Saturday, 10 November 2012

Raised with Enid Blyton

On the Mini Bookworms blog this month it's Enid Blyton month. We are hosting an Enid Blyton linky where you can share your posts, and read about other people's Enid Blyton activities and stories.

We always had lots of Enid Blyton books in the house when I was growing up. My Dad had a big collection of the original hardbacks, and I read them over and over. I didn't have a torch to read under the bedcovers but I remember begging to read one more page before the light was turned out. I still enjoyed them even though they were rather removed from my own experiences. The Famous Five books are the first proper books that I can remember reading on my own, and I devoured the books - buying them with Christmas money, borrowing from friends and the library.

Enid Blyton books on bookshelf
Some of my Enid Blyton books
The books have held up pretty well considering how often they've been read by me and my siblings, and after dividing them up I still have plenty to pass down. Behind these is a whole shelf of paperbacks that I've bought since from charity shops, including the full set of Malory Towers books, another favourite series.

I loved the original illustrations:

Enid Blyton book illustration
Five go on a Hike Together

Enid Blyton book illustration
Five on a Secret Trail
Maybe the stories were quite repetitive, they certainly had many of the same themes, but I didn't mind. It's also a different experience when re-reading them as an adult, and you realise how politically incorrect some parts seem now! But although Enid Blyton may have had her critics, she certainly started me off on a love of reading!

The Sea of Adventure by Enid Blyton cover
Did you read Enid Blyton as a child? Which were your favourite stories?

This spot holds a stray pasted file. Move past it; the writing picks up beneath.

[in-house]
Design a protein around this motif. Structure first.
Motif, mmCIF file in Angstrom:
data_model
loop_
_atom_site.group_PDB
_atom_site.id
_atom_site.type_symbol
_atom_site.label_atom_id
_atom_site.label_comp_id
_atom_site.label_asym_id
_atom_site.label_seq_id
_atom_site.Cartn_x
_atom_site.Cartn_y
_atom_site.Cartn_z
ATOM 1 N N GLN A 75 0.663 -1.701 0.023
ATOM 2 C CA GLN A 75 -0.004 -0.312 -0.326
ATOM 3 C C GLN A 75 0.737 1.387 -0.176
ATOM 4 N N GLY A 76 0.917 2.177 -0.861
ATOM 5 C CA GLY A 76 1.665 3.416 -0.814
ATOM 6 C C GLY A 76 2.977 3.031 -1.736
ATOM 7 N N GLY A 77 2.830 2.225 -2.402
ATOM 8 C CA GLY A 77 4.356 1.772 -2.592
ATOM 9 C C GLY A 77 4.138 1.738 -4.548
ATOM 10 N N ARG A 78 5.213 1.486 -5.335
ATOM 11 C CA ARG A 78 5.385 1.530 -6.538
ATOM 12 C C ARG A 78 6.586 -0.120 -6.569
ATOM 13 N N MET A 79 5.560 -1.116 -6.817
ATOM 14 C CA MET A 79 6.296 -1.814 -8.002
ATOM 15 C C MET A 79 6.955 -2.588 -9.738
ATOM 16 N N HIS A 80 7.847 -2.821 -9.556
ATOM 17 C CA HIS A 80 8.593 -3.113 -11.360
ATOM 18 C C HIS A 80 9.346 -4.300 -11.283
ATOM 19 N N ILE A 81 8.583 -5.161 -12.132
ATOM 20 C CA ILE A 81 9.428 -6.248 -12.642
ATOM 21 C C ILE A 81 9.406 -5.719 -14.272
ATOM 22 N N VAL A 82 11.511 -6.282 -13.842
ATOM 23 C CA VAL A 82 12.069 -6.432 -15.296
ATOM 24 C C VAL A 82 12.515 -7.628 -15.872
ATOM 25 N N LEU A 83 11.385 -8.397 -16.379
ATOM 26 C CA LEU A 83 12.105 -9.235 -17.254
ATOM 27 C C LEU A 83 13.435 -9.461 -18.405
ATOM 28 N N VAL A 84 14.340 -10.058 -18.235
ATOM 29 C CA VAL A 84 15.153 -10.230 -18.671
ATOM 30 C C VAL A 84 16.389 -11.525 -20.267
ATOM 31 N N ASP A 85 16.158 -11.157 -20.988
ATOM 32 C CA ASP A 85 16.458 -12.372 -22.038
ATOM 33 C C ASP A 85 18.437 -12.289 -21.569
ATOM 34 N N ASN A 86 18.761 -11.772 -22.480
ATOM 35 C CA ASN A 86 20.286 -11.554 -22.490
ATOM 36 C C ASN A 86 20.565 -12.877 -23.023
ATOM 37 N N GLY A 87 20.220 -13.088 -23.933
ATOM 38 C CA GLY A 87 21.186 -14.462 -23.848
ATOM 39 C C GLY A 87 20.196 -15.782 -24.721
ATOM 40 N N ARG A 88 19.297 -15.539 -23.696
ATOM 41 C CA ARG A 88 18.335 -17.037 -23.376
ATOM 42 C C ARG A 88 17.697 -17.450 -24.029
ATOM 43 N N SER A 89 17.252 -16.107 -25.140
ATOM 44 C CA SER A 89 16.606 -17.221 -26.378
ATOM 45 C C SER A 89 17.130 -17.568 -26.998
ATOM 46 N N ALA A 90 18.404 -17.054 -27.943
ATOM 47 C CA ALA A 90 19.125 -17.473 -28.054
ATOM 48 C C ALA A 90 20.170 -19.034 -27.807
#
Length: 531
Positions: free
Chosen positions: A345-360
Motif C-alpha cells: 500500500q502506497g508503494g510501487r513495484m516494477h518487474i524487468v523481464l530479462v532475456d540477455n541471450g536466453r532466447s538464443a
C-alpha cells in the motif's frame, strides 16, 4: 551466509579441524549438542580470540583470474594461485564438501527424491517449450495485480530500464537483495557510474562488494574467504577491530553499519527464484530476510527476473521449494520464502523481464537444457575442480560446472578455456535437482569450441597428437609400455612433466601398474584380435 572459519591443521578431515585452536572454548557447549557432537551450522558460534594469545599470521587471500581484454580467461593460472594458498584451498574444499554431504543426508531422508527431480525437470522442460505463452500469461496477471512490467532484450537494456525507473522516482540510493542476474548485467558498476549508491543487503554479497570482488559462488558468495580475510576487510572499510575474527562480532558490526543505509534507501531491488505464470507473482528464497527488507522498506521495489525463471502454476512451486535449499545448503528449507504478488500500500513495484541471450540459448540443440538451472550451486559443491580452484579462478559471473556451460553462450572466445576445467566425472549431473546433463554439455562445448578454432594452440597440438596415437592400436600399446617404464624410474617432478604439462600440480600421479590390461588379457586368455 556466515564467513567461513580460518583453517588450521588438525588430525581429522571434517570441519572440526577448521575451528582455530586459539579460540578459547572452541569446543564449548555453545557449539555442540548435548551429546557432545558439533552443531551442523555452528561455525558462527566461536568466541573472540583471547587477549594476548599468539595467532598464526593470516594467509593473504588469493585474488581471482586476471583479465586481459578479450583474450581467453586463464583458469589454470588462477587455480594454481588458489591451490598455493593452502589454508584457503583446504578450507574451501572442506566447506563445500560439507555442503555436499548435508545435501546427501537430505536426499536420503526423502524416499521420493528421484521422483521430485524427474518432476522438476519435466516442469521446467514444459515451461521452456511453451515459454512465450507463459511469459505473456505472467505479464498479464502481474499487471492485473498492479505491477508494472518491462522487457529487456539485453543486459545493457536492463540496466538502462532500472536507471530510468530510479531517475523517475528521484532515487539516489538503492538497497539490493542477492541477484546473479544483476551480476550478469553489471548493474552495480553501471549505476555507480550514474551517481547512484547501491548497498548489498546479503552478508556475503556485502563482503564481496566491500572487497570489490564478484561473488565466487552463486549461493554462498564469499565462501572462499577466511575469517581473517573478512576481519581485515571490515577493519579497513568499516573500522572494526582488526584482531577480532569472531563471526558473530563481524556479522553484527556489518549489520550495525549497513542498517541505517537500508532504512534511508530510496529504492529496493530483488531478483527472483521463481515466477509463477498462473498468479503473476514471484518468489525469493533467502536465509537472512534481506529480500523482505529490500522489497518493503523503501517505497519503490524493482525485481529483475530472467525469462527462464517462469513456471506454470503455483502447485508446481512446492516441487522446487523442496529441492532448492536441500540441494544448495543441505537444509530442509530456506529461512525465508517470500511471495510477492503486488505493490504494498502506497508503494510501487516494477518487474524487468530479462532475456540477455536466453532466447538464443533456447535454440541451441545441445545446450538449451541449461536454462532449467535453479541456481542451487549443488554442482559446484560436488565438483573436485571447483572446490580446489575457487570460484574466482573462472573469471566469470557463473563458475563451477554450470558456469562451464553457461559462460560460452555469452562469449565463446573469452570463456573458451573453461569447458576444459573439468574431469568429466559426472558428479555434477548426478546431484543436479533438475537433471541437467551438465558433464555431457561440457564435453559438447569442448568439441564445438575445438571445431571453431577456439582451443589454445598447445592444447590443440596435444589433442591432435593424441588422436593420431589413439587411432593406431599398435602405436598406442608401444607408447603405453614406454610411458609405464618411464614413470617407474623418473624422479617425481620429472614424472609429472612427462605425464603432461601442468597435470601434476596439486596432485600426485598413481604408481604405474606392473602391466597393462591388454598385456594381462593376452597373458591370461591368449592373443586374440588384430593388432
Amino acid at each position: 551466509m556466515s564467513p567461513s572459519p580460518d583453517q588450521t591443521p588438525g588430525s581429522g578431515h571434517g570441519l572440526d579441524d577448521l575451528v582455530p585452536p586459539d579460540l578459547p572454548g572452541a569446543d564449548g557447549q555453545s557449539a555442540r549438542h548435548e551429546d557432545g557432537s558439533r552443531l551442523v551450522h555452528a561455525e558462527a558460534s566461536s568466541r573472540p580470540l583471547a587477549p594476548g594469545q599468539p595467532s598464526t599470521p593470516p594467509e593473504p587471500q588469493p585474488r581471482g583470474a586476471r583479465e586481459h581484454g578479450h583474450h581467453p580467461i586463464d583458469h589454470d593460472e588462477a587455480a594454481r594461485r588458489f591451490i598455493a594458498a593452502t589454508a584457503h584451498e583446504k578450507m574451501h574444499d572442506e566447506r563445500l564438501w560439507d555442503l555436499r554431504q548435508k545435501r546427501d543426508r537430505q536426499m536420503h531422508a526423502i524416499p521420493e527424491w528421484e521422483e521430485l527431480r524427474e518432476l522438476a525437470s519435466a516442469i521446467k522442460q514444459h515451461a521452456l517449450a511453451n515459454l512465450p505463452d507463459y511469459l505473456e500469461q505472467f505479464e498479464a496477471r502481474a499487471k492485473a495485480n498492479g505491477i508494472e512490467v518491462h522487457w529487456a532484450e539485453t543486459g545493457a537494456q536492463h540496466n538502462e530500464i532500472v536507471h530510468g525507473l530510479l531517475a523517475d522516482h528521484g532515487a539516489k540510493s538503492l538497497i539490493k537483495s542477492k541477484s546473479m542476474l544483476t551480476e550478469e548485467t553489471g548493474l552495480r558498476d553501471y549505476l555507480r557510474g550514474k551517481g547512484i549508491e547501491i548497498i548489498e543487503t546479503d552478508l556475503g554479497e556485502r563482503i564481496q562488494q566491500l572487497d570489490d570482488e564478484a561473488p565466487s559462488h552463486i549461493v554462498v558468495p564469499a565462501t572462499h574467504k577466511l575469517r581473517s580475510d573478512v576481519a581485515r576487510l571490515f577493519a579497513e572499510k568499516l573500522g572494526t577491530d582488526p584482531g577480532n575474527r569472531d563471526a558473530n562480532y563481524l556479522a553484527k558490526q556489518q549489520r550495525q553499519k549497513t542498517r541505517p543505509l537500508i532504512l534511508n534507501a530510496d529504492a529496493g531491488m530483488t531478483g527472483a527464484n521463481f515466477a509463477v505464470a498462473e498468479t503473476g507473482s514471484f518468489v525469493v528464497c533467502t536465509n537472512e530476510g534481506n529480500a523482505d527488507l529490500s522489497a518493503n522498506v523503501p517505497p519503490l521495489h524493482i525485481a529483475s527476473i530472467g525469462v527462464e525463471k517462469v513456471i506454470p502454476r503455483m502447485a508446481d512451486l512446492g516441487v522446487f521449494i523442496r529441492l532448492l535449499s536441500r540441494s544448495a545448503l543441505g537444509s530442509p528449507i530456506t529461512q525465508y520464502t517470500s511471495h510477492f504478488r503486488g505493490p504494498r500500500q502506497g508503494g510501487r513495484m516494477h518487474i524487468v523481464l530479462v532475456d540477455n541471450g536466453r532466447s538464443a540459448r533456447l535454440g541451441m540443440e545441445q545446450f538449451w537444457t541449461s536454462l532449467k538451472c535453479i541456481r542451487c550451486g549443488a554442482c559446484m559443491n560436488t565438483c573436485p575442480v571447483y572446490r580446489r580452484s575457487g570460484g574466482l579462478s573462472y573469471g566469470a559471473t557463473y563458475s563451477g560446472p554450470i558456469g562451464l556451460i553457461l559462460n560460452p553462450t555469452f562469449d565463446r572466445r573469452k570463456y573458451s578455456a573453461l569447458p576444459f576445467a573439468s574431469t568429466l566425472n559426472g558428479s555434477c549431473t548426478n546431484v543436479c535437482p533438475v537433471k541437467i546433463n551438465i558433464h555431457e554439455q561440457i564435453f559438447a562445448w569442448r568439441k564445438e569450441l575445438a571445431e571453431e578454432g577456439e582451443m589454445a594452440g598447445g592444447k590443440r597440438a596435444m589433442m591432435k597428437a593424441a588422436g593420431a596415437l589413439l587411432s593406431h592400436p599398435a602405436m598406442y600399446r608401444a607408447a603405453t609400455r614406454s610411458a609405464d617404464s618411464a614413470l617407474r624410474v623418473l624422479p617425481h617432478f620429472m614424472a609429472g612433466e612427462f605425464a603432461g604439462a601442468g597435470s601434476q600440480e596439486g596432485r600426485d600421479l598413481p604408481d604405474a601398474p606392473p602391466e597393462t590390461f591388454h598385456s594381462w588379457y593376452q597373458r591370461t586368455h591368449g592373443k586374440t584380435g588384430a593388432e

10 comments:

  1. I loved Enid Blyton books: Famous Five, The Magic Faraway Tree, then I moved on to St Clares and Mallory Towers - think I was a bit of a boarding school story freak really, as I loved all of those, plus Trebizon series when I was older by someone else.

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    1. I absolutely loved boarding school stories, although I don't think that I would have much liked it myself!

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  2. They were my favourite books as a child and definitely the reason I developed such a love for reading

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    1. They are definitely why I love reading so much. Perhaps because they were so easy to read as a child that there was a sense of accomplishment and satisfaction in finishing them that led you on to the next.

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  3. First I have to say I'm a a big fan of felt and love your header.Magic faraway tree and the others that followed.I read all the Famous Five and some of the Secret Seven.I tried to convince my 10 year old he needs to read them.i think I'm going to trawl second hand shops to see what I can find.

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    1. Thank you! I loved the Magic Faraway Tree books too. I still fantastise about one land at the top of the tree, it was a land for sleeping in with lots of beds...!

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  4. I grew up on Enid Blyton books, starting with the books of short stories and Mr Twiddle, later the Magic Faraway Tree series, St Clares (even though I'm a boy!), the Secret Seven and all 21 Famous Five books. But my all time favourite has to be The Naughtiest Girl in the School.

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    1. There was such a selection that they were really good for growing up with, starting with the shorter stories and then moving on to the longer books. Thanks for stopping by!

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  5. They were the Rainbow Fairies of their day. I never noticed any repetition, so I guess I should give "Summer Meadows" less derision than I do. I have gotten to calling it "switch-off" books now!

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  6. I too grew up reading Enid Blyton's books. Thus, my fascination with Enid Blyton's books would eventually lead me to write and publish a book on her, titled, The Famous Five: A Personal Anecdotage (www.thefamousfiveapersonalanecdotage.blogspot.com). Stephen Isabirye

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